Poetry Sharing Page

Residents of the Bloomfield and surrounding communities are invited to submit their poetry for consideration to appear on the library’s Poetry Sharing Page!

Poetry submissions (up to three one-page poems at a time) are accepted on a monthly basis and are due by the 15th of each month. (Some slight reformatting of your poem may appear due to technical constraints). For all questions or submissions contact Tom Nicotera at tnicotera@libraryconnection.info.

 

Who Am I?

I am flesh, blood and bones and full of life,
but I continue to deal with hatred and strife.
I am human just like everyone else you see,
but for some strange reason you ignore me.

Who am I, I wonder out loud with a bit of pain?
Am I that invisible? It is driving me insane.
Who am I, I often ask myself with a bit of shame?
Can someone tell me? Is this just a sick game?

I breathe, I love, I hurt, but I still feel the hate,
I see and feel it, I want to be equal, don’t make me wait.
I am visible to the naked eye, I am not a blur,
So when you do see me, don’t call me a racial slur.

Who am I? I am human just like you – created by God,
who made us all from the same cold earthly sod,
So I know who am I, I also know who you are,
So see me for what I am, a gifted and mighty shining star.

by Woodrow Dixon

 

Untitled

You have stood me
up and made me know
a heavy truth that
when with grace I
gasp and say
We cannot breathe
what you hear me
say is grace;
you bow your head
and reach out for the
hands of others yet
do not pass sustenance
or even water to
an other as you say
“Ahhhmen” before me;
and when with anger
— heavy because
pain has been carried for
so long — I
gasp and say
We cannot breathe
what you hear me
say is anger and so
you shake your head
and step away and
say you see no other
and deny me grace
to be both and
.

by Deidra Riggs

 

Voices in the Night

Sometimes the weather is good and other times it is bad,
living on the streets in these conditions can drive you mad,
but still you have to move on and continue to live life,
no one is going to praise you for living or dying in strife.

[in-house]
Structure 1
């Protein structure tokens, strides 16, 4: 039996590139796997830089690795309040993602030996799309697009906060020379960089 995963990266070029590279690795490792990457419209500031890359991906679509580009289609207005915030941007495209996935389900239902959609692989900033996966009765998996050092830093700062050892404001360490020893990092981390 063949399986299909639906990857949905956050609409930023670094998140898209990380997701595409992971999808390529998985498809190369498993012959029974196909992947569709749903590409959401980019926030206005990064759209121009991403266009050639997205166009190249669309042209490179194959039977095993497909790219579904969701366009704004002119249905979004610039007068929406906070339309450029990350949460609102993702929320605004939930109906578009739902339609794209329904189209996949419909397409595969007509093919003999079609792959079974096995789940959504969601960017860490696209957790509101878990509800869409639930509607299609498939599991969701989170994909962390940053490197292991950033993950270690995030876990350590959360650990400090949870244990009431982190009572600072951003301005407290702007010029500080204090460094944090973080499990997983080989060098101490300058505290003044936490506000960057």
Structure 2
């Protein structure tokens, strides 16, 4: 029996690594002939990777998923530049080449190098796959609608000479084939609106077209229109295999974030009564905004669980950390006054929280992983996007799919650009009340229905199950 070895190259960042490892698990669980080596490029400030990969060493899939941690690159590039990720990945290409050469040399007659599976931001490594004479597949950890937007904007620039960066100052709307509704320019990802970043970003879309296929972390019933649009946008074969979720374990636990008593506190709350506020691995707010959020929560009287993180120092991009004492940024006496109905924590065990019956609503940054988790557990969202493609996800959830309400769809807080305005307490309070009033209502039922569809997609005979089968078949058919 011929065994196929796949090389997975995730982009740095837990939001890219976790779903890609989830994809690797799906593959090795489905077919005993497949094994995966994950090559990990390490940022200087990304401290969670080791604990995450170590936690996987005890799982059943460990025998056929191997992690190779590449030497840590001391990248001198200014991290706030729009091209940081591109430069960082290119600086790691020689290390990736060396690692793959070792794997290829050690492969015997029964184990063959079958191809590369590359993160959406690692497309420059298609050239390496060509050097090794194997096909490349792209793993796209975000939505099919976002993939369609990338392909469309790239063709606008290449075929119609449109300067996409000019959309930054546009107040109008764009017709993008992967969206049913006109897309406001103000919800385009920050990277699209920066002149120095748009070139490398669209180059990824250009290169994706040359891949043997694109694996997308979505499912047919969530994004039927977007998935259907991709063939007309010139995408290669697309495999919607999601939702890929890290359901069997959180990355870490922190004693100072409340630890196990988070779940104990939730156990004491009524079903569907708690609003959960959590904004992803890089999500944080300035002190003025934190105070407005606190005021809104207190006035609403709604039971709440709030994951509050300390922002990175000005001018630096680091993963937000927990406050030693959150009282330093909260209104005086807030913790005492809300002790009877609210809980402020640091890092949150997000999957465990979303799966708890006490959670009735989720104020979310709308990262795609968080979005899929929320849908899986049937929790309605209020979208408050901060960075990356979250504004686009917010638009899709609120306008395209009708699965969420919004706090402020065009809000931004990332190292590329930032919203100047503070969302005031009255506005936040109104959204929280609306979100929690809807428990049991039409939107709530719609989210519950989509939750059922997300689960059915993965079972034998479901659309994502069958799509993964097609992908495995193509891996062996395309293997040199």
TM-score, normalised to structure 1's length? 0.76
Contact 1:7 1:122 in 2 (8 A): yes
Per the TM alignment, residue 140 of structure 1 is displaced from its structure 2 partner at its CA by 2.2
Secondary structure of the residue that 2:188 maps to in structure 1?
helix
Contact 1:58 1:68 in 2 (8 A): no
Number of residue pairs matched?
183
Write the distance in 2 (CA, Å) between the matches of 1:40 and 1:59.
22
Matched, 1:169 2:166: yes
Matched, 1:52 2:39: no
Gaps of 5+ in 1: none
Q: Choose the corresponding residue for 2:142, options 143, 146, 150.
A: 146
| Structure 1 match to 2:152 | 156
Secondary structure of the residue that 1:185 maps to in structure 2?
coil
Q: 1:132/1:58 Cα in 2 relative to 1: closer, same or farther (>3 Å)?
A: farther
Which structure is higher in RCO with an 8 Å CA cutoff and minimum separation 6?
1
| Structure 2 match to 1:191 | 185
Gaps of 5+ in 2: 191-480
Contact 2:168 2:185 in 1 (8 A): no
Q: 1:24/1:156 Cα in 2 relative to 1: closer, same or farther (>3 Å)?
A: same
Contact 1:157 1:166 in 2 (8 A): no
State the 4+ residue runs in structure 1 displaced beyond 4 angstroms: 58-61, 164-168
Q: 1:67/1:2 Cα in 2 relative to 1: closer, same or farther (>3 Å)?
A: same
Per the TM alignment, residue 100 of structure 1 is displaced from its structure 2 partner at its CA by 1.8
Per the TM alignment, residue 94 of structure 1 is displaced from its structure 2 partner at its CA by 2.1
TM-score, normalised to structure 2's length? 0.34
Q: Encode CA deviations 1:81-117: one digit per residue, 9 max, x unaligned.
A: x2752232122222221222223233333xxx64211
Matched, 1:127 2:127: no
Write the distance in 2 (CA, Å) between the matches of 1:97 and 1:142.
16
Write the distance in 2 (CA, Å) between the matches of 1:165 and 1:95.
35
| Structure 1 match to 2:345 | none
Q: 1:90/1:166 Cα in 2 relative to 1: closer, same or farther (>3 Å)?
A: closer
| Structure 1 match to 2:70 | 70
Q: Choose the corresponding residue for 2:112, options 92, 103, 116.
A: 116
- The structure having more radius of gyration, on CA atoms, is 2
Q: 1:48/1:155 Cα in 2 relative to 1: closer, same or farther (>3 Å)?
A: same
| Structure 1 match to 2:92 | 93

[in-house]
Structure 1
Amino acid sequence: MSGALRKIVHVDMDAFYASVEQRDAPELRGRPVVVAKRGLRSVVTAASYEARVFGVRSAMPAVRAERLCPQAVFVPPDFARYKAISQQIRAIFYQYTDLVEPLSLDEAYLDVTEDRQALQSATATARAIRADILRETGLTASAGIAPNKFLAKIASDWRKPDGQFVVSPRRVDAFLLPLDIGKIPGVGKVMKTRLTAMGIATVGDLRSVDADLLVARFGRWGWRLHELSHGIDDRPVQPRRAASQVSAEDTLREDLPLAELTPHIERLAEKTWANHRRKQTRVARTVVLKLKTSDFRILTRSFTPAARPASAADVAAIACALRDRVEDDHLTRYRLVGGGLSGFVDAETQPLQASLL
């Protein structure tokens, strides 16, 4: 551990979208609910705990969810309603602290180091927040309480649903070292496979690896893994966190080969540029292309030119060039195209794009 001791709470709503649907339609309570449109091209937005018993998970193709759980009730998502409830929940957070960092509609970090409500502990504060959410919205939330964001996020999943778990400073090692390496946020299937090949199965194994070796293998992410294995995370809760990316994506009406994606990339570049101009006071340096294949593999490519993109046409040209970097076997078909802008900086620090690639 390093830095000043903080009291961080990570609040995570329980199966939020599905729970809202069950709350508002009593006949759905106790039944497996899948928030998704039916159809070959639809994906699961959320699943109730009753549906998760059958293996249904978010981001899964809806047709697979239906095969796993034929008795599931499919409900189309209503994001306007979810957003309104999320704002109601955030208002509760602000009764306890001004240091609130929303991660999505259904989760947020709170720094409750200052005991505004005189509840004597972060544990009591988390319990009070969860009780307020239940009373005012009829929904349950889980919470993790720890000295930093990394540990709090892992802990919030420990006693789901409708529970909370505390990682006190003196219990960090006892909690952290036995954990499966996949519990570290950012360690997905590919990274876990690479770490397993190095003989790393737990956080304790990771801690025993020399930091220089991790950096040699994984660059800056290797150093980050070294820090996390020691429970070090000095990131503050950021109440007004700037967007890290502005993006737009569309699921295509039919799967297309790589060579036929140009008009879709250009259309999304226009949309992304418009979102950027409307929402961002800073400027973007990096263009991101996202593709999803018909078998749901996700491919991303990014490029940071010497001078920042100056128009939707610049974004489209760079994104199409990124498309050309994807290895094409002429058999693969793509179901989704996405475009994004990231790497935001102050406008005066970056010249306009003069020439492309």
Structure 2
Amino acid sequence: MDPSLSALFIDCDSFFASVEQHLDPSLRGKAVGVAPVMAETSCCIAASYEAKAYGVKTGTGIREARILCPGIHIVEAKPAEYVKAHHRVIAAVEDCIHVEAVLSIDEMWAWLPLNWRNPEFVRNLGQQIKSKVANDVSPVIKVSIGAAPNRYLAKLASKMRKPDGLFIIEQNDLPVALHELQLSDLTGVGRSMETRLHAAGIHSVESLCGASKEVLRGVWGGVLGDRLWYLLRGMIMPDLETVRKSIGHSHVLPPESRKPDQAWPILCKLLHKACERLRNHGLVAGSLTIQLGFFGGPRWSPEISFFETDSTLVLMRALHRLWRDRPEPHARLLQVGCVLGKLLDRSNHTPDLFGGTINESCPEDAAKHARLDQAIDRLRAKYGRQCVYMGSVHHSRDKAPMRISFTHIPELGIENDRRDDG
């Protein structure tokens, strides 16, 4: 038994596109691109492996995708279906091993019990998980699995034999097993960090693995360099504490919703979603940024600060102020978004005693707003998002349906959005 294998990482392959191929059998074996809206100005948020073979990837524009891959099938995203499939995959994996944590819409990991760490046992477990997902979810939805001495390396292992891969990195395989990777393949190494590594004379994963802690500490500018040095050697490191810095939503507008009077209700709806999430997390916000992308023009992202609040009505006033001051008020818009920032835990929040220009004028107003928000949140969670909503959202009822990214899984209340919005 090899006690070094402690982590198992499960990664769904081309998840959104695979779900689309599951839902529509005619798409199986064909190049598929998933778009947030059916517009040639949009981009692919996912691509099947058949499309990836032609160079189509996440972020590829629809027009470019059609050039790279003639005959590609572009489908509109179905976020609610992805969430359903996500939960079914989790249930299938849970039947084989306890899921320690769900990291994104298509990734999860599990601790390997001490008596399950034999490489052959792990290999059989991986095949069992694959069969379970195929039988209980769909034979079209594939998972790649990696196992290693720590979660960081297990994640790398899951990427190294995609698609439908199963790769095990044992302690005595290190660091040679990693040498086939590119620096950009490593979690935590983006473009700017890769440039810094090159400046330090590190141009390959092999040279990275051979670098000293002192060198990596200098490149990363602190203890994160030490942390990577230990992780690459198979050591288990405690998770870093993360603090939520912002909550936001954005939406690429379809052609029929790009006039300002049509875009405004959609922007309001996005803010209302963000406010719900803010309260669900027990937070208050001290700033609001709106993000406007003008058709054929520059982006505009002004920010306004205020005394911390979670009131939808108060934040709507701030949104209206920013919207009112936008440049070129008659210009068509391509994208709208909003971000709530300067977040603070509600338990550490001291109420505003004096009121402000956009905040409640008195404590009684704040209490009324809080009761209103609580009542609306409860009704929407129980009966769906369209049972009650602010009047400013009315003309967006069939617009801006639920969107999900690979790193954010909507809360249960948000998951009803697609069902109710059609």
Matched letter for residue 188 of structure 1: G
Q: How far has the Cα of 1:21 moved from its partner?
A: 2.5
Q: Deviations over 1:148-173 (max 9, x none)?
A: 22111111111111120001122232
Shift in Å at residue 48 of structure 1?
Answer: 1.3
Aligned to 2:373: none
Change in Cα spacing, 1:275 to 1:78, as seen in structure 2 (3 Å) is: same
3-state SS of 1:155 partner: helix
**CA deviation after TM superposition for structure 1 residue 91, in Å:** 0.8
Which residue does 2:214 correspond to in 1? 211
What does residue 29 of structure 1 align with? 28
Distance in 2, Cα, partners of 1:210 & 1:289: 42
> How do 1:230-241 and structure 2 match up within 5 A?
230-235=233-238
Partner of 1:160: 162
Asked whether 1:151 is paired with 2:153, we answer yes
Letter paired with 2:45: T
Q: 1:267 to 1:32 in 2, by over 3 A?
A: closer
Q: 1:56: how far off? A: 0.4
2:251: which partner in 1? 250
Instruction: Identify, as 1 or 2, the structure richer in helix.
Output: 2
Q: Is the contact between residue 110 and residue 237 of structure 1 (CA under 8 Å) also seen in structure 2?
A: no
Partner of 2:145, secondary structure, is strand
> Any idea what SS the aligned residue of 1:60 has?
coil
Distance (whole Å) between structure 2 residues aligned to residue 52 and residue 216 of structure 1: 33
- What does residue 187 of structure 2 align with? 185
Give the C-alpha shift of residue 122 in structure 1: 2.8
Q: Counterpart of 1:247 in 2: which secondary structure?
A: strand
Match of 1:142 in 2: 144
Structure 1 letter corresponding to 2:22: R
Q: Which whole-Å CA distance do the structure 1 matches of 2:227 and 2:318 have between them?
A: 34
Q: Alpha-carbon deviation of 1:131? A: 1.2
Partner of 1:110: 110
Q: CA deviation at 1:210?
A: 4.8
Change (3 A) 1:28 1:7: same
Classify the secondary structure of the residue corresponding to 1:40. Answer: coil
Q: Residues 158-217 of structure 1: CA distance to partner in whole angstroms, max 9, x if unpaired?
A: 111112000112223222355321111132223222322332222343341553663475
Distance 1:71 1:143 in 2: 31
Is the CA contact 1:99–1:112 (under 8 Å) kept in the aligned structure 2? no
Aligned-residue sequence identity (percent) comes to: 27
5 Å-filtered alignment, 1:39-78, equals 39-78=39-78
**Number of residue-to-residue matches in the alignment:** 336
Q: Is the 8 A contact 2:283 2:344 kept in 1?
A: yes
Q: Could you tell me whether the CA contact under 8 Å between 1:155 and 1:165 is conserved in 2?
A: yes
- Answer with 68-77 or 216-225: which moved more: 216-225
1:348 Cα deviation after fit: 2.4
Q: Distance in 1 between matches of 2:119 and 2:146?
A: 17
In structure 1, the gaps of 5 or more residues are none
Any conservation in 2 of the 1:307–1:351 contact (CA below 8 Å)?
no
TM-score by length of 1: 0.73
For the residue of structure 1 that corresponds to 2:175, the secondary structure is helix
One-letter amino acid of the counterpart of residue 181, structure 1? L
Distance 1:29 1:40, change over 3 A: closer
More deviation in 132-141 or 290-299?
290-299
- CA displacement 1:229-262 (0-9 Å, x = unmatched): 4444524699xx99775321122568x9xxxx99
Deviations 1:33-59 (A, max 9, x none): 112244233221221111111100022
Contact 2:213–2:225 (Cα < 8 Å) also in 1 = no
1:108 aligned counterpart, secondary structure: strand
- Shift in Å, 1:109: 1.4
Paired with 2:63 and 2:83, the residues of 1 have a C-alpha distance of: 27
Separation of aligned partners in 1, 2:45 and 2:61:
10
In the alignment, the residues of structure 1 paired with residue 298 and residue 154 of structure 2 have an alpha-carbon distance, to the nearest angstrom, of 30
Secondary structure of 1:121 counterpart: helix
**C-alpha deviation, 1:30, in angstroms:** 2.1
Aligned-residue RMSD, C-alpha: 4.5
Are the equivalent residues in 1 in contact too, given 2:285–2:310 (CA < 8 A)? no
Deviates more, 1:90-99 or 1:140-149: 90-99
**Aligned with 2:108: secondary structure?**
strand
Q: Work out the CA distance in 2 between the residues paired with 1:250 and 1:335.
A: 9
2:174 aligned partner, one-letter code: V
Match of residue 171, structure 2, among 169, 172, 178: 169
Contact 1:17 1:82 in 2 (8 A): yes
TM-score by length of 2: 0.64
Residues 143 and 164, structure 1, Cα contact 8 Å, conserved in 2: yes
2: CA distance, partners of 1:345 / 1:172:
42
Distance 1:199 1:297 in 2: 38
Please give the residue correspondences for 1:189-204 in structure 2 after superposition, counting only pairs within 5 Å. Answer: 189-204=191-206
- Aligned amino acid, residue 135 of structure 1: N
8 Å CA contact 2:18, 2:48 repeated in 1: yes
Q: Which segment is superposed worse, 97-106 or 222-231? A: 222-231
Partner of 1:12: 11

There are so many sounds to be heard on every street,
some are good, some are bad, not too many are sweet,
some people talk, some people whisper, some express fright,
but those are the sounds of the many voices in the night.

Many people want to break free from the jail called the street,
but they are like prisoners handcuffed and shackled at the feet,
but even if they fall, they know the only choice is to rise again,
because if they don’t, they will be committing a moral sin.

There are so many crying aloud at night on any given street,
some are praying, some are cursing, some even trying to tweet,
some people talk, some people whisper, some express fright,
but those are the sounds of the many voices in the night.

by Woodrow Dixon

 

When Eleanor Comes

I dust once a summer, when Eleanor comes.
The rest is a revolt from the oughts of winter
and the rigidities of fall
when we clean out the fridge,
load up the car with cans we didn’t eat all summer.

When my husband gently asks if the cobwebs
will make a permanent home for spiders, I say
Just before Eleanor comes,
I’ll give the house a good cleaning.

Or when I see the mould creeping not so insidiously across the baseboards
in our bathroom, I’m tempted to grab some cleanser and whisk it off
there and then, except I know that when Eleanor comes,
I must have the house smelling sweet,
so not too sadly I promise myself not to forget the baseboards
when I clean –– when Eleanor comes.

When we heave that flare gun we bought
for the sailboat we sold in ’86! ––
We never did fire it; let’s try it in mid-August––
it’s famous for meteor showers––
folks will think they’ve seen a shooting star,

when Eleanor comes.

by Kathy Carle

 

Smooth Shiny Satin Candy Flowers

Starvation thin the wispy stems pea-smooth.
Buddings all pinkest pink.
Still more sweet than the hue’s once upon label, shocking pink.
So wraith-like, can barely remain upright, bending, swaying.
Yet too bright-hued to be frail.

Consumptive out on the town one last time.

by Nancee Cheffet

 

I Remember Our Be-coated Bodies Hugging

I remember our be-coated bodies hugging,
then myself snuggling down in the back seat
of the too small auto.

In the early years the cars we trekked to uncle Art’s in
were unusually small.
But so much in that big white ranch house is remembered as big.
As big as any of us might have wished or dreamed it to be!